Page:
It is also possible to extend this idea to be a network of skybike routes where the driver is able to choose his own way. This would use two pairs of hooks to connect to the cable. Two hooking from the left side, two from the right side. It has to be possible to switch the set automatically while driving. With the hooks from the left side, one will go left at a Y junction, with the ones from the right side, one will go right.
Another option for improvement are gas balloons, carrying most or all of the weight. This allows to use more lightweight steel cables, used just to pull the balloons, not to carry weight or secure against falling down. The advantage is that this allows mass use of blimp-based logistics, since the wind sensitivity, ground handling etc. problems are all solved then. But to make it usable for everyone, several changes have to be made. The cables should be installed permanently, with hubs on 10 m towers on hilltops. Because without rolling and unrolling the cables, they will last much longer. The cables would be used to conduct electricity, and the cable cars would have electrical motors and pull themselves along the cable. There would only be one cable between two points, so travelling is not horizontal. Changing direction by choosing a different cable can only happen at hub points. Possibly, a lightweight aramide cable inside an aluminium profile with a toothed outside (for the balloon to draw itself along) would be the best combination of cable weight, UV resistance, abrasion resistance and conductivity. It will be possible to use cheap hydrogen clusterballoons by letting them always float 30 m above the load (also great for avoiding ground contact with trees etc.). The load would travel in the cable car which is hanging below the cable. This will also allow to lower the load to the ground at any point during the journey.
(36) Airdrops with guided parachutes for shipping to remote villages
The idea is using airdrops with guided parachutes of emergency supplies, urgent medical supplies and as a normal parcel logistics system for remote villages in Nepal. Of course, the same system can be used in to service any remote area worldwide.
For this to work, every village would have to designate and fence in a landing zone, ideally at a mountaintop. The area should ideally be at least 100 × 100 m, but even 30 × 30 m should be sufficient when the system is mature. The area would have to get some optical beacons and (if night operation is envisaged) some photovoltaics powered LED beacons. The parachutes would use these beacons during the final approach. In addition, the area should have a soft surface. 50 cm of pine needles and small dry branches, kept dry on a foundation of gravel, will do the job for example. An automatic system (or a person called before on the phone) would ring some bells before an airdrop, so people in the area can leave for safety in time. The “automatic system” for this could be as simple as a GSM phone number with a GSM device and loudspeakers at the drop zone.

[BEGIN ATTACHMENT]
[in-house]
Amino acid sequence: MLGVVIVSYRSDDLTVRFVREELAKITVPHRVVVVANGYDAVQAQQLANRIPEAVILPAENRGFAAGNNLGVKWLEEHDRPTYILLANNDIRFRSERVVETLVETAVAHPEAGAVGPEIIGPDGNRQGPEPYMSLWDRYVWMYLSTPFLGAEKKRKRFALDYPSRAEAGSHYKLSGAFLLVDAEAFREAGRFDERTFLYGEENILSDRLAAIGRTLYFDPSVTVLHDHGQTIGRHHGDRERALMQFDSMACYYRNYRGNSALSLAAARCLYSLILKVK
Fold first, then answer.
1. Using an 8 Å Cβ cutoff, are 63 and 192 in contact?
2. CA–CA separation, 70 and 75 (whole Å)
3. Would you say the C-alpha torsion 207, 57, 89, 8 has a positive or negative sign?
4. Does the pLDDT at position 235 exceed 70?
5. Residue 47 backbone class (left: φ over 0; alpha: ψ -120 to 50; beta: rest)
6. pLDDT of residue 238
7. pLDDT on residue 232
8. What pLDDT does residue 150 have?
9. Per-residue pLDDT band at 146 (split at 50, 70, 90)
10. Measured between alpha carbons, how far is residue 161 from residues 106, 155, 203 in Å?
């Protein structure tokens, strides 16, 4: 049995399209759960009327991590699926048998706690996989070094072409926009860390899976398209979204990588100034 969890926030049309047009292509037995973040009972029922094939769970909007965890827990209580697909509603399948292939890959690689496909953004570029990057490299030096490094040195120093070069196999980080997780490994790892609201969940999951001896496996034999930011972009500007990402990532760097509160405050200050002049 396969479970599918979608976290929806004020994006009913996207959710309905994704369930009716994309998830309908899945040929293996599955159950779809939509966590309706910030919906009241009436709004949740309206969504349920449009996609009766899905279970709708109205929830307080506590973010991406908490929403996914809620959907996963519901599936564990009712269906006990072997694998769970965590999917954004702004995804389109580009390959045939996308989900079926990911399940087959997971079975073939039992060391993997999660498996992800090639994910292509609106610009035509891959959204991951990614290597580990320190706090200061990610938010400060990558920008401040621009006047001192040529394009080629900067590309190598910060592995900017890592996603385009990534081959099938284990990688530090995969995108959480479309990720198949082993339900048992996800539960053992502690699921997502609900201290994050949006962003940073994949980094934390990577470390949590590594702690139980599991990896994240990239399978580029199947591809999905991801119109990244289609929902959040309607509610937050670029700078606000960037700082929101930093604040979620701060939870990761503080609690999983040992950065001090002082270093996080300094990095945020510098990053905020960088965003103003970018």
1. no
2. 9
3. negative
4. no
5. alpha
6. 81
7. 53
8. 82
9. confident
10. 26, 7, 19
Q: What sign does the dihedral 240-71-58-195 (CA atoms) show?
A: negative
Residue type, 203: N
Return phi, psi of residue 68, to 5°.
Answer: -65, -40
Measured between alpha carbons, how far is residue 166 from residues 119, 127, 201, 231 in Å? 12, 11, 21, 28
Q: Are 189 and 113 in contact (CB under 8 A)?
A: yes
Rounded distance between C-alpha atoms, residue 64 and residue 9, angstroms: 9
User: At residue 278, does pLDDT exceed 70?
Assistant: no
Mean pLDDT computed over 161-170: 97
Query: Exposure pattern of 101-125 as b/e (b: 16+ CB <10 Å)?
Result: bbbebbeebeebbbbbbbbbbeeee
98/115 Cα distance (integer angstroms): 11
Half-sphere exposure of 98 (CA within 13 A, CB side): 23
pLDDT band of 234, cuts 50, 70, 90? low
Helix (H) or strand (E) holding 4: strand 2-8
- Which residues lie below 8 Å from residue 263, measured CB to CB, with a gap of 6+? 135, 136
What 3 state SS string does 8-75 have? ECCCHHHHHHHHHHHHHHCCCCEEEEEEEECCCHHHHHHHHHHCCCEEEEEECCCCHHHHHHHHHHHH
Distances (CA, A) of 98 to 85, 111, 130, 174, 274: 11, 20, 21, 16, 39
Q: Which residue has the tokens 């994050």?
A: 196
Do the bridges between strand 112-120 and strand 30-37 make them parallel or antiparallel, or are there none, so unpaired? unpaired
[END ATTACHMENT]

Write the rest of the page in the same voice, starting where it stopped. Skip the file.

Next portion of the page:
One or two systems of GPS guided parachutes are already in existence, developed for military applications. This however would have to be a system of much lower cost, for rural developing areas.
This system would be quite cheap to operate, as normal fixed-wing aircraft can be used, and they can drop the goods mid-air during normal passenger flights, not needing to fly close to the ground as with normal airdrops. It could beat all alternatives (helicopter landings, drone delivery) by an order of magnitude. Note that normal airdrops are currently not an option at all in steep mountainous terrain, due to the lack of precision.
(37) Carry balloons
These are hydrogen balloons, probably cluster balloons for simple and safe handling, that are attached to ones backpack or other load, or even to pack animals. It would have enough lift to make carrying easier resp. to allow carrying more if one likes. At the same time, the baloon must be small enough to allow safe handling in slight winds. So probably, a 40 m³ balloon for 30-40 kg lift.
It is not clear yet how and where these would best be used. Of course, using this is only possible on open terrain, not in the woods etc… Maybe they would be used mostly for long-distance carrying to supply villages etc., but that will eventually be taken over by other means of transport because it also uses too much human time – except perhaps in combination with caravans of pack animals. Another use would be in agriculture in mountainous regions, for carrying tools, harvest, soil, compost etc. to and from the fields. Wheelbarrows do not work well in this terrain (too steep, too muddy), but carry balloons could.
The hydrogen would be created locally by water electrolysis, using excess photovoltaics energy.
(38) Chain bridges with pedal power
An interesting existing technology is wire bridges, see http://villagetechsolutions.org/transportation.html . They could be improved by using chains instead of steel cables (more durable, less likely to be damaged, and allowing traction) and bicycle pedals in the cable cars for pushing the car across, with gears getting traction from the overhead chain.
More details about this solution are found in our project “Chain tuins to cross rivers in Nepal”.